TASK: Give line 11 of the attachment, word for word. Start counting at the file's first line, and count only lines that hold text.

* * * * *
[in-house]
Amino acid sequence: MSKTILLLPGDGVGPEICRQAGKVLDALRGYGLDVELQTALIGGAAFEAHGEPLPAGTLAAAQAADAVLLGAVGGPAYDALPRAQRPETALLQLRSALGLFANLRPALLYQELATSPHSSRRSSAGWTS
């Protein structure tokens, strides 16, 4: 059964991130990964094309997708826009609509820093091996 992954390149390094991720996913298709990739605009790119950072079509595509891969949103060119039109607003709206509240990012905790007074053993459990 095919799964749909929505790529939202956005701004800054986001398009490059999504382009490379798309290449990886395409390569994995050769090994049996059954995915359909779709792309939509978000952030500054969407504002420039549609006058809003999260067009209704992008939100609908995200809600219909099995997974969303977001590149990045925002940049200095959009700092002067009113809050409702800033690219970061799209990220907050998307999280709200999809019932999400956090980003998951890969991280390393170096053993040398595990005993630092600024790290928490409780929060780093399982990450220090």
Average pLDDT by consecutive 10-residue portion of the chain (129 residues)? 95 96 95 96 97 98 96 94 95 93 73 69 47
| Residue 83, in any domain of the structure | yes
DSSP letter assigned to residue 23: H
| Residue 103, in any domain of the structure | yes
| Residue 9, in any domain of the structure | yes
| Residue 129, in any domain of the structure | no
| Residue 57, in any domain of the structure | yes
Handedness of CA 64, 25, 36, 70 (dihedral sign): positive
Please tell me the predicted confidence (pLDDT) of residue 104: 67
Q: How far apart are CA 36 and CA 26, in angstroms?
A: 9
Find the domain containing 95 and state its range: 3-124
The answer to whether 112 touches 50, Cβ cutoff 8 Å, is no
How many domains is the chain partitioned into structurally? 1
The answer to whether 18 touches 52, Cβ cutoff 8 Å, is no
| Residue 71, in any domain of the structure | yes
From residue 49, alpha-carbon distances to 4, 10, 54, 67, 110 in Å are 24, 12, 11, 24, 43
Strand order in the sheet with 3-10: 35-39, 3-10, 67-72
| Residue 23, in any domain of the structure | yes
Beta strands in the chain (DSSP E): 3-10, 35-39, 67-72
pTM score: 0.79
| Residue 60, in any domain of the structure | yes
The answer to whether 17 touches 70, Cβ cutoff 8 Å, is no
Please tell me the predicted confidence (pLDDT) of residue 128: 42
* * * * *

Handedness of CA 64, 25, 36, 70 (dihedral sign): positive